The attribute table of this output is shown below. Note that the three fields, FID_ForestDistrict, and NTrees, all contain their default (null) values. These are attributes of the original forest polygons and, while present on the table, only contain their default (null) values—fairly useless information. (Although the Feature To Polygon has a Preserve attributes parameter that allows you to control how attributes are written, it doesn’t have any effect on the output as noted in the tool’s documentation.)

Figure 5: Attributes of the output of Feature To Polygon

Removing the attributes

Unless you’re planning on updating the attributes manually, you should delete all the attributes of the output of Feature To Polygon. Personally, I always delete the attributes. In this scenario, this means we want to delete FID_ForestDistrict, and NTrees. You can use the Delete Field tool for this.

Here’s a tip that is especially useful when building models and scripts: The Feature To Polygon tool has a Label Features parameter used to define the attributes of the output. This parameter takes a point feature class. If you provide a point feature class with no points and no attributes, the output of Feature To Polygon will only contain the four required fields: OBJECTID, Shape, Shape_Length, and Shape_Area and none of the attributes of the input features. To create an empty point feature class with no attributes, use the Create Feature Class tool, as shown in Figure 6 below. In the Create Feature Class dialog, I use the in_memory workspace to create a point feature class in my computer’s memory (rather than a location on disk). This in-memory feature class will automatically be deleted upon exit from ArcMap. Since I don’t want any attributes, I leave the Template Feature Class parameter blank. In Feature To Polygon, I use the output of Create Feature Class for the Label Features parameter. The end result is just what I want; a simple polygon feature class with no attributes.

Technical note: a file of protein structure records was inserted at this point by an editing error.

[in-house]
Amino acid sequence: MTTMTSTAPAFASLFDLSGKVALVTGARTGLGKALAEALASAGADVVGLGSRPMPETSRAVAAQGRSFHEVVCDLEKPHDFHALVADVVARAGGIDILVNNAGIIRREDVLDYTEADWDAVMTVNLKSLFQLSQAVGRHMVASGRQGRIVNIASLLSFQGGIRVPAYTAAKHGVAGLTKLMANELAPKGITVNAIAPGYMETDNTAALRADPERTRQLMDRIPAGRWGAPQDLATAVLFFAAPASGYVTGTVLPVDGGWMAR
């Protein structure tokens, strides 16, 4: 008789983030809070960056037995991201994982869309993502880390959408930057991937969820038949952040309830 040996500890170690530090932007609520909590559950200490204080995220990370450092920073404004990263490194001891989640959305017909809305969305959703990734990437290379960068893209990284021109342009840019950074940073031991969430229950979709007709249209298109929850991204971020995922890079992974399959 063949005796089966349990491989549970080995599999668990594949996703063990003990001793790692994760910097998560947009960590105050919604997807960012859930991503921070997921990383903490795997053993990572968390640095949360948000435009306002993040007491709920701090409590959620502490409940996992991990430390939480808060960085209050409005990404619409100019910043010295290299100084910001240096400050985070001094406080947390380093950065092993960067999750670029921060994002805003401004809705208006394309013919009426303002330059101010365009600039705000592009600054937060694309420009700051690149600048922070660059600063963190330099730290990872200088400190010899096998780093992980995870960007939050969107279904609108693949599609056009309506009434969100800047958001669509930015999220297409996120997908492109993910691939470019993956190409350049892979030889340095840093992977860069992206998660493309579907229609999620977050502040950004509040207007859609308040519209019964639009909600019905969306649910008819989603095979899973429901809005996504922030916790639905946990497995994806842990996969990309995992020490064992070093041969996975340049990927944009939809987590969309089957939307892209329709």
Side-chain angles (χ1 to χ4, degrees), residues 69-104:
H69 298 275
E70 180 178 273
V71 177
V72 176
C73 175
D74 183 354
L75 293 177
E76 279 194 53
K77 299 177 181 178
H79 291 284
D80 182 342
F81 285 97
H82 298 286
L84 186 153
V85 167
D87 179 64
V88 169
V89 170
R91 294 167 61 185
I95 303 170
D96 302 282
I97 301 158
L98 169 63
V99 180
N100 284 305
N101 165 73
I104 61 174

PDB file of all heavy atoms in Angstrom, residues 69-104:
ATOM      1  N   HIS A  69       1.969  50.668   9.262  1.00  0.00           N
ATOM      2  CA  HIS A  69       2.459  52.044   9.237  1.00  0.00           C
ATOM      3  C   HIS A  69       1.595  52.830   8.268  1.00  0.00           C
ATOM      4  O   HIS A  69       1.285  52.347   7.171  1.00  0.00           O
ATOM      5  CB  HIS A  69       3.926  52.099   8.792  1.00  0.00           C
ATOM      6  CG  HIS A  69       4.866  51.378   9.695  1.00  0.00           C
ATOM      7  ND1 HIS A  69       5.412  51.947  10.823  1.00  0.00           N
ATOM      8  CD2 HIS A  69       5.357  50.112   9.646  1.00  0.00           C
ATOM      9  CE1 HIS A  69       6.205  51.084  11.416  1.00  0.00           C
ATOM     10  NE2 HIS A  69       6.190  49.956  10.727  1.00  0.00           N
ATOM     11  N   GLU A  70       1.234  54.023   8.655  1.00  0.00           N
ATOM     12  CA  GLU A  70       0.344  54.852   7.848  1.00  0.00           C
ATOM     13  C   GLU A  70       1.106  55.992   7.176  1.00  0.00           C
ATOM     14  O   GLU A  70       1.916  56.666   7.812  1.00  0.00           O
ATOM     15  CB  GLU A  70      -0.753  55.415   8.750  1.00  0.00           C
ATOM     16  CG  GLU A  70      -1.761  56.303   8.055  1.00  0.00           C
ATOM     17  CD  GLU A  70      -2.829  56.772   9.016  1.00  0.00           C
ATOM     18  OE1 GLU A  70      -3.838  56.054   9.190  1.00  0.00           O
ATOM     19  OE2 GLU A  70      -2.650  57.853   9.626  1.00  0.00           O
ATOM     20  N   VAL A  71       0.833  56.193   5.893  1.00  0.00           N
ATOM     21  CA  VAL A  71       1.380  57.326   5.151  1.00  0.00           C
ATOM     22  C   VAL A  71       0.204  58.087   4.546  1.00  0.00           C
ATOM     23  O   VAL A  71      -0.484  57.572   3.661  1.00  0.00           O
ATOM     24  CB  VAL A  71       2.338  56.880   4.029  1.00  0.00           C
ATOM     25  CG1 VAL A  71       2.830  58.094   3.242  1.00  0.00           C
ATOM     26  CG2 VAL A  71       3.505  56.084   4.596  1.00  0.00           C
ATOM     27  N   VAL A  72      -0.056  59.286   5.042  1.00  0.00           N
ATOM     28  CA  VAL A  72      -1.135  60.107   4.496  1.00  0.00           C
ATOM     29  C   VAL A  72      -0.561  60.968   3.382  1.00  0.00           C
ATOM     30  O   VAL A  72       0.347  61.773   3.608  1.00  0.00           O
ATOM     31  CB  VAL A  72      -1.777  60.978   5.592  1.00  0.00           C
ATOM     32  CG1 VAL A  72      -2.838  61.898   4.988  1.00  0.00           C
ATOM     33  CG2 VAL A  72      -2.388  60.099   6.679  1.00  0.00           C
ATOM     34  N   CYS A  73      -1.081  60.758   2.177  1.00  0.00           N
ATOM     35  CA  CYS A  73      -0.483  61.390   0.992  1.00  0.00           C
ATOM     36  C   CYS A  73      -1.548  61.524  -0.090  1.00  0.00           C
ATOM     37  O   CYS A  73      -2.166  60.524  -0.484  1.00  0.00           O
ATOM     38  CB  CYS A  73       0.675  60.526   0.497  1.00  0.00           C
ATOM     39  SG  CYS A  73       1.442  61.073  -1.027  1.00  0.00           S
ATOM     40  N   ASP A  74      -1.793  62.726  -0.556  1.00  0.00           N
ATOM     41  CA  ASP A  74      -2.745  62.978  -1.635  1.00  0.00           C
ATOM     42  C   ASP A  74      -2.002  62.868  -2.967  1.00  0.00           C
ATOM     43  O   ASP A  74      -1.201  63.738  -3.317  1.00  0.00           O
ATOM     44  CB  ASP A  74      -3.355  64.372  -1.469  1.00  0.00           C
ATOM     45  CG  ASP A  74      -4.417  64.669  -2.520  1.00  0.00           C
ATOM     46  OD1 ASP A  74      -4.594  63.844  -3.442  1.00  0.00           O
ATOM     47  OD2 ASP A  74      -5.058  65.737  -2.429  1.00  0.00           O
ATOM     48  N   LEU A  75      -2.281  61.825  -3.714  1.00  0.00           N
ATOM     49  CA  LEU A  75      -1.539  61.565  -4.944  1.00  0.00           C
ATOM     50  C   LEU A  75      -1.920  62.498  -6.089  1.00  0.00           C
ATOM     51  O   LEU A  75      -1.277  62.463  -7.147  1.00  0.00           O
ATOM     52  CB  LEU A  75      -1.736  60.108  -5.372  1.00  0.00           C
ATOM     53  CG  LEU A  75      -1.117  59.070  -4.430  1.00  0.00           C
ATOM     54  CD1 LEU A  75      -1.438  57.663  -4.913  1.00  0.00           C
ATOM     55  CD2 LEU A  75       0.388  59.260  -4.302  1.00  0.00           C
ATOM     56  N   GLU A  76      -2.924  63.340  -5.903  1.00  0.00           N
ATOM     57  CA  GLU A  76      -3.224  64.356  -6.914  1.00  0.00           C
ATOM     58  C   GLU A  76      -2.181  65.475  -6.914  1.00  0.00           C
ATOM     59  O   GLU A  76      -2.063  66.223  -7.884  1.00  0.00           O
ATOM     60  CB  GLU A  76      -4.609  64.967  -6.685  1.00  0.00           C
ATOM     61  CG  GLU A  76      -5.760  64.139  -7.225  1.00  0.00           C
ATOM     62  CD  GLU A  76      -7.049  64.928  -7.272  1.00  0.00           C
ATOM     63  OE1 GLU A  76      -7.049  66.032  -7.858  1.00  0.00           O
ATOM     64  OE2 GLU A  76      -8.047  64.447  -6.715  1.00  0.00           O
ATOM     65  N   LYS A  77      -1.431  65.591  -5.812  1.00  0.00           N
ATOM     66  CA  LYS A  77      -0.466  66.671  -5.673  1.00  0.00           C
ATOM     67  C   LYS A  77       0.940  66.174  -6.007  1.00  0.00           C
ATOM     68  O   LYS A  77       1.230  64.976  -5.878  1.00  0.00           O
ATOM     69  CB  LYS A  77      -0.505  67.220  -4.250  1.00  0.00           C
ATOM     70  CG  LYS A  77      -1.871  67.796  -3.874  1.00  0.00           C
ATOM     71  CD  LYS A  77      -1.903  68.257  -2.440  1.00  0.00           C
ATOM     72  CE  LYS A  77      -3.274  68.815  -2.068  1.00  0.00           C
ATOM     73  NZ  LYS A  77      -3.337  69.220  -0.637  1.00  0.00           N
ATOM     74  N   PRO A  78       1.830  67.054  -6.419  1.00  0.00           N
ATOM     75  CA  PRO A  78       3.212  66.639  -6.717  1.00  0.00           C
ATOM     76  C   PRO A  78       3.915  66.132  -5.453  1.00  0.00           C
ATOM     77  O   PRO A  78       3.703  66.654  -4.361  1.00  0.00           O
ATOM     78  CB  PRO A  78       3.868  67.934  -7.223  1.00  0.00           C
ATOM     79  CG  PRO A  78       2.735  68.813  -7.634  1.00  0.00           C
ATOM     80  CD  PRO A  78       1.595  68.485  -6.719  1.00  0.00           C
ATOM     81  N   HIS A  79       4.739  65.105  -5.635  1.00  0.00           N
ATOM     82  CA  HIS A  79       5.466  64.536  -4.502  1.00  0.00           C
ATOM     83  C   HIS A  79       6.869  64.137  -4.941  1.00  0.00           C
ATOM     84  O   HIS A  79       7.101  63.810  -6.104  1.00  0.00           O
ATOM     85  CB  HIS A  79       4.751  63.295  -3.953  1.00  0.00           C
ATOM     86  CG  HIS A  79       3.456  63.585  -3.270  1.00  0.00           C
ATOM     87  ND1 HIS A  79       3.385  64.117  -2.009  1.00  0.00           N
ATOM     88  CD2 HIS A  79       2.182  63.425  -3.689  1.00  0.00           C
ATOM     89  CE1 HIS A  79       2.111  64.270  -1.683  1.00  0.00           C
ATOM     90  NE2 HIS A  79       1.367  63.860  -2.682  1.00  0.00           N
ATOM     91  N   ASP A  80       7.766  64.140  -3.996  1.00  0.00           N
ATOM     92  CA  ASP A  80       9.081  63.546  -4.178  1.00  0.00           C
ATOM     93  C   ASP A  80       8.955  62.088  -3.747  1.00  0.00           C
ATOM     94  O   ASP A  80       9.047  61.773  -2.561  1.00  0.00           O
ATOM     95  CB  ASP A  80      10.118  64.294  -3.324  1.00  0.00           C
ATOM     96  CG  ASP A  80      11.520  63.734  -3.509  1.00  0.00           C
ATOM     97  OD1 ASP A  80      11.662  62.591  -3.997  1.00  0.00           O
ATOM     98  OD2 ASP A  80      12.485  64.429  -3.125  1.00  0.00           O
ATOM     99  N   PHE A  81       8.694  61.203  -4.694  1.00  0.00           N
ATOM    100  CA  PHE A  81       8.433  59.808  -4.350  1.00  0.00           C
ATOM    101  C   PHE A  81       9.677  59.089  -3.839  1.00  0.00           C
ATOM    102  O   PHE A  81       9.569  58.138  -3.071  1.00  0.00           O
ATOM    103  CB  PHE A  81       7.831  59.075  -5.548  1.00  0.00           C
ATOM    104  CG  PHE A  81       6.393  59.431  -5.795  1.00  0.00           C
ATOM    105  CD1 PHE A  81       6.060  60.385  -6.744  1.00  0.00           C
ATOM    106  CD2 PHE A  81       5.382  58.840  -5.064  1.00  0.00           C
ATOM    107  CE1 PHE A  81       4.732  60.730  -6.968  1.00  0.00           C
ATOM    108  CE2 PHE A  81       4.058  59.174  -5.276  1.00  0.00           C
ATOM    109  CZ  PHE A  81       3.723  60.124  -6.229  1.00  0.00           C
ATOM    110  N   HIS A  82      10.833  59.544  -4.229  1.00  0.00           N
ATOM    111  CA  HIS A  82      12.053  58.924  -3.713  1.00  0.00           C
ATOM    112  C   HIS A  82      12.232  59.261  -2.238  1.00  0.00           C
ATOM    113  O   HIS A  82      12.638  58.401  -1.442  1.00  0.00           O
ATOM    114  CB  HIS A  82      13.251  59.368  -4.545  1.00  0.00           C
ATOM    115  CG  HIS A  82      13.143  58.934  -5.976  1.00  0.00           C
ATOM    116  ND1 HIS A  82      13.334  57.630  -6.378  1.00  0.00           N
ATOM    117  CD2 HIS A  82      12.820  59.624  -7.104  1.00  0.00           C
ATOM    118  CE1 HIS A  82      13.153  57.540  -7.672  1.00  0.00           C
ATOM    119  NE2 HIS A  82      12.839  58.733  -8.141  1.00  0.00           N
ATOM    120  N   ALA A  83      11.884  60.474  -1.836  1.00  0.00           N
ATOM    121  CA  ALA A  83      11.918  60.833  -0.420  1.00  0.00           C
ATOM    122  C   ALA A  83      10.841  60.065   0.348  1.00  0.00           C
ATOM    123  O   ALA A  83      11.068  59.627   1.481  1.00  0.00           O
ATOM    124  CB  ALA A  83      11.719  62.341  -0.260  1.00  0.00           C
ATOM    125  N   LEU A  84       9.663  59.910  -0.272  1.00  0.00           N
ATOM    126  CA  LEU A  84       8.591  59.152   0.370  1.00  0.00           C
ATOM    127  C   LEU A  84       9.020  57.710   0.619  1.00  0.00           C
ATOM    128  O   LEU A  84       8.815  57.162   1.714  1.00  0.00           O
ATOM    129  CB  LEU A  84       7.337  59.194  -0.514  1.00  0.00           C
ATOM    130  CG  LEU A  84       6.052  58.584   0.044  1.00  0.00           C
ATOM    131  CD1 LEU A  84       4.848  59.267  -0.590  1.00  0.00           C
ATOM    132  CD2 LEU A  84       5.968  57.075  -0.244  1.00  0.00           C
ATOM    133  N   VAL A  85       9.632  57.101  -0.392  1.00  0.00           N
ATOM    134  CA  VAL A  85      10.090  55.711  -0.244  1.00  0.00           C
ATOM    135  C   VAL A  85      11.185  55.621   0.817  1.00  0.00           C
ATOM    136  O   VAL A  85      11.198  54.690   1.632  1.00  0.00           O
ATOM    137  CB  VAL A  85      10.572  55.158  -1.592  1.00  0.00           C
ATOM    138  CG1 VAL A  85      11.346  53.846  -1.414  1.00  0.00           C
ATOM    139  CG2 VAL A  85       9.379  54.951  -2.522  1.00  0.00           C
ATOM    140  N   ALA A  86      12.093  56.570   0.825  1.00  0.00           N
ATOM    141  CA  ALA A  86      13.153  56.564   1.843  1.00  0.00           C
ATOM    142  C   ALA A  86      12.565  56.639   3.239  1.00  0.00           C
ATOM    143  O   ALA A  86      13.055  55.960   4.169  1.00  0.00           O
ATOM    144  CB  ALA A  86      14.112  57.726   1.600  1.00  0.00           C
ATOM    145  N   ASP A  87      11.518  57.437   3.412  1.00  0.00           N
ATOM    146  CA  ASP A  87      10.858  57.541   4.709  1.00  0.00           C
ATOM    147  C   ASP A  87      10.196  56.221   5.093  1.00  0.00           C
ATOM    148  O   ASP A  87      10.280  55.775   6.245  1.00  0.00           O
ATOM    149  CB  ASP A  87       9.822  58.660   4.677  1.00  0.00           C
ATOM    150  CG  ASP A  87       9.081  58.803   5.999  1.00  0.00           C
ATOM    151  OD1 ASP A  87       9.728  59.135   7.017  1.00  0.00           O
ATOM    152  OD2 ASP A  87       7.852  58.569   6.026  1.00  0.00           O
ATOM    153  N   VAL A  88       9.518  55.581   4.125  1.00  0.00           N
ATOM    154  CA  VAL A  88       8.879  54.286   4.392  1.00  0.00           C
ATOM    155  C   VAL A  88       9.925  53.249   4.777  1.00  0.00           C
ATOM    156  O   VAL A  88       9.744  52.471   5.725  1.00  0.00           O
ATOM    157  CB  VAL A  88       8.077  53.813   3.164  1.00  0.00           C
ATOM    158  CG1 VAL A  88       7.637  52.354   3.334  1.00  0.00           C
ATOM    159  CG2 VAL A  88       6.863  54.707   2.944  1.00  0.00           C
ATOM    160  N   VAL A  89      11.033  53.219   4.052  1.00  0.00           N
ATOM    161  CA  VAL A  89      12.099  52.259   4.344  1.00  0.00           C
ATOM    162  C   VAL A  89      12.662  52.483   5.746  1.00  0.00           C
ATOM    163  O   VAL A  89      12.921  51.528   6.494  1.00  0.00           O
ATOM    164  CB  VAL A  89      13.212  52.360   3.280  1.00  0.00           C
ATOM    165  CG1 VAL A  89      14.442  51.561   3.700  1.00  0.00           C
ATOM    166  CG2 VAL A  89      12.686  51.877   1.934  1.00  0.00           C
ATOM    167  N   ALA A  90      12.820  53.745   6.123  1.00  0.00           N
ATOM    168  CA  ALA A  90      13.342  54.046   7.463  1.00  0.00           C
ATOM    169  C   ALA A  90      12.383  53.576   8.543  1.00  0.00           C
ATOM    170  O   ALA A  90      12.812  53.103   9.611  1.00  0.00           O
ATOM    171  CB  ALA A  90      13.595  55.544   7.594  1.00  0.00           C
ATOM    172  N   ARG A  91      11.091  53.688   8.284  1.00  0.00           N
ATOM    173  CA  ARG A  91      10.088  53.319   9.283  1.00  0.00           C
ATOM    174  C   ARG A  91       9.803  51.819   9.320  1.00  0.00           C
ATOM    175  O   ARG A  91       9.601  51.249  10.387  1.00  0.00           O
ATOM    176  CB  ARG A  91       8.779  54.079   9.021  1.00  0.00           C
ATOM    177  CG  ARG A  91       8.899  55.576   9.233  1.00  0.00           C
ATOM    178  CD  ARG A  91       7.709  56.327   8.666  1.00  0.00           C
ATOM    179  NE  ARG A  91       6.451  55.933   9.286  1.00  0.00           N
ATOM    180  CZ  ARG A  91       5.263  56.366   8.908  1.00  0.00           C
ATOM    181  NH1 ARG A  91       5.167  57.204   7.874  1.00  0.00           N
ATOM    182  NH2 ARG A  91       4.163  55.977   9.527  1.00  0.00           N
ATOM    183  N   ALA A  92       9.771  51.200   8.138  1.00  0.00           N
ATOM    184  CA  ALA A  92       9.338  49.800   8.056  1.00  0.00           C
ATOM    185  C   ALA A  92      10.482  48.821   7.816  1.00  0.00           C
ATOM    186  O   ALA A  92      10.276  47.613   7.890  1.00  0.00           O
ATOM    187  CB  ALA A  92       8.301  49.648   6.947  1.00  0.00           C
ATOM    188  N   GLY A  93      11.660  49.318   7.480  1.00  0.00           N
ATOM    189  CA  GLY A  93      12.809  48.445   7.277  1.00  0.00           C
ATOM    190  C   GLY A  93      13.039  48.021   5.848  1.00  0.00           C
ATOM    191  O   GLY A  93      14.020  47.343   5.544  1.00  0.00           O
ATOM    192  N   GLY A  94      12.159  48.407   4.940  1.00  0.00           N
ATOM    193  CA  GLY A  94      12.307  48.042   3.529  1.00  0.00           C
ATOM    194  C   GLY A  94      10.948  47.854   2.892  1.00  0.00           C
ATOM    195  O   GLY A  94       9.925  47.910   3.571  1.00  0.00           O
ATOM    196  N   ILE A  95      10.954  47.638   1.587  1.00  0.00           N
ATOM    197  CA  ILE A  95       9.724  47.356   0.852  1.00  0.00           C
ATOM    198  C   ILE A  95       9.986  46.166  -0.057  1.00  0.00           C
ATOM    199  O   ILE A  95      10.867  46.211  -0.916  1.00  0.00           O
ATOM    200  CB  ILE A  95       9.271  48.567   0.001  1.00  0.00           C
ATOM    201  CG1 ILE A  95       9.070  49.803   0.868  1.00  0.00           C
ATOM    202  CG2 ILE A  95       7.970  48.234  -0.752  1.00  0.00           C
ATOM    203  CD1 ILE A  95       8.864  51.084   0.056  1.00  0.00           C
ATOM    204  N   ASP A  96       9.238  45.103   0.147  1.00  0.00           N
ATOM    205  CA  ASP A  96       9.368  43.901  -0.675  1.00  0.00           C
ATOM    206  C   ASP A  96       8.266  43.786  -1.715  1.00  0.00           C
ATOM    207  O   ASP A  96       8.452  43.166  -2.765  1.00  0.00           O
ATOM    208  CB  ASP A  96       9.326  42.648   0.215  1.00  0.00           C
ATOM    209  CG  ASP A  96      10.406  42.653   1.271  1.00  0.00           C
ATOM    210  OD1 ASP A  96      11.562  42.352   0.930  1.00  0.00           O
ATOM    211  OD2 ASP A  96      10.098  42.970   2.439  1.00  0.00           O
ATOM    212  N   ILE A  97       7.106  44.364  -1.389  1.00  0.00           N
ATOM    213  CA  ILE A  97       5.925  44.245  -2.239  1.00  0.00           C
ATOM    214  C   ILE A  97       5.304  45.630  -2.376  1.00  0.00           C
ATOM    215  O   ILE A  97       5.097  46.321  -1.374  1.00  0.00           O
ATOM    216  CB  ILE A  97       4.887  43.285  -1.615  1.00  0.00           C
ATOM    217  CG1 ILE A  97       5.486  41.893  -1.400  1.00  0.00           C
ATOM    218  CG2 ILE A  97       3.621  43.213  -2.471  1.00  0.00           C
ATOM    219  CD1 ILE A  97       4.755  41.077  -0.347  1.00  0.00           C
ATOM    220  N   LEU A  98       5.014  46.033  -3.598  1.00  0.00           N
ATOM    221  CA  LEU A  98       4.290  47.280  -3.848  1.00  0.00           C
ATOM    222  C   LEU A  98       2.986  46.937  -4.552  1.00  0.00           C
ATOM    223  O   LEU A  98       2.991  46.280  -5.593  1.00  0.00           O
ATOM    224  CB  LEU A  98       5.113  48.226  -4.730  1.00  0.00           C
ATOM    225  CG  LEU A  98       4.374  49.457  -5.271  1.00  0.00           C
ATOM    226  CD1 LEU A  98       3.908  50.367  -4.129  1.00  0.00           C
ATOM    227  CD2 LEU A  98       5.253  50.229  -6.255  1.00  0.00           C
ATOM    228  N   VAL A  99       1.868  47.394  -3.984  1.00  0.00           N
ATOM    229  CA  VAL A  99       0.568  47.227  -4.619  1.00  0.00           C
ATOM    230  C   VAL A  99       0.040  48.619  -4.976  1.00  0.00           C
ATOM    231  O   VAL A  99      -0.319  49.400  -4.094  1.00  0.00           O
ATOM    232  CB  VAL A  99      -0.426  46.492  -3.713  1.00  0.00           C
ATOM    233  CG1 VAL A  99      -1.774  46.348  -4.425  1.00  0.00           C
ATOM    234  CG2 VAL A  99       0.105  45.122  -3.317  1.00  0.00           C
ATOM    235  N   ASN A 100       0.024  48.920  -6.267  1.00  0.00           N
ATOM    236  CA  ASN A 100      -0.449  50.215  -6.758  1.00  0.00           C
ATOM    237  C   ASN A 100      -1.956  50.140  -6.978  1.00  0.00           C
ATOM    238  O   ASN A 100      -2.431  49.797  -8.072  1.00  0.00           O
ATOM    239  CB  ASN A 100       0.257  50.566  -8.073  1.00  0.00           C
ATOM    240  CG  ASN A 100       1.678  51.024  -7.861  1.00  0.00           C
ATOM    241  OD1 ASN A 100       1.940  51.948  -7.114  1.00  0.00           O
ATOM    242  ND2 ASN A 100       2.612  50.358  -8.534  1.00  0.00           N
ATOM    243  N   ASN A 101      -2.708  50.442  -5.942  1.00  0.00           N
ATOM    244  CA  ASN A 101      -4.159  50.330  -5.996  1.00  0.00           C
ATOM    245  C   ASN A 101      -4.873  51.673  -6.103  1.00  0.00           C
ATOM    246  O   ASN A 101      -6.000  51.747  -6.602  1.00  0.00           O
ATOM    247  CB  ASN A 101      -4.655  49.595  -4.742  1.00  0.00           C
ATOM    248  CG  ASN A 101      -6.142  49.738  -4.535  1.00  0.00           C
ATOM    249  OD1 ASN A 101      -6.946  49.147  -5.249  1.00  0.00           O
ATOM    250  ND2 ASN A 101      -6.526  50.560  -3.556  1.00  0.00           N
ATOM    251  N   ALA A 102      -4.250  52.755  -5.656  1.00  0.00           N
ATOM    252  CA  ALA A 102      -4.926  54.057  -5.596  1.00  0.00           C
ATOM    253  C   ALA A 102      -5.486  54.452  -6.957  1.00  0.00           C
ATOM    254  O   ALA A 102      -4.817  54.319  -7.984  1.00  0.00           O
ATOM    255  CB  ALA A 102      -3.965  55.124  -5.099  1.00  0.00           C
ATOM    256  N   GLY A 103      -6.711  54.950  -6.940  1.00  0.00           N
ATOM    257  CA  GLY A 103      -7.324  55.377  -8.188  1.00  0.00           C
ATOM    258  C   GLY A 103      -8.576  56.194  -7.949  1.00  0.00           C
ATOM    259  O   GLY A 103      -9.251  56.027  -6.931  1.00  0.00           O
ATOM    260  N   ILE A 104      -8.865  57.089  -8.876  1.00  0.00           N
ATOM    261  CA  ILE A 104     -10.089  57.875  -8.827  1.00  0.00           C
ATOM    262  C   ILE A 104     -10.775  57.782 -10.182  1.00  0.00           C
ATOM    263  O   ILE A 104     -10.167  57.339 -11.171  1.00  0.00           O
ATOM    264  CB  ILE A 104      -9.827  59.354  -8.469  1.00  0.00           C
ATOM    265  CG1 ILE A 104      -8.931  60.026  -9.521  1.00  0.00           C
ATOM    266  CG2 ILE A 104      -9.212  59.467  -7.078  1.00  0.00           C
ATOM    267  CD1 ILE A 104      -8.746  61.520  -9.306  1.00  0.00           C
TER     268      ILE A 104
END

Figure 6: Creating and using an empty point feature class to create spaghetti without attributes

Overlay the original polygons with the spaghetti polygons

Now all we need is to make the polygons meaningful by adding back the attributes of the forest polygons, as well as removing the artifact polygons described above.

Figure 7: Identity tool dialog

Here’s where overlay comes in. The Identity tool (found in the Analysis toolbox/Overlay toolset) does the job perfectly;  forest polygons are overlain on top of the spaghetti polygons.  You can think of Identity as ‘stamping’ the Input Features and their attributes onto the Identity Features.

Figure 8 shows the output of Identity, where the artifact polygons are removed and the polygons that comprised the original two forest polygons are preserved.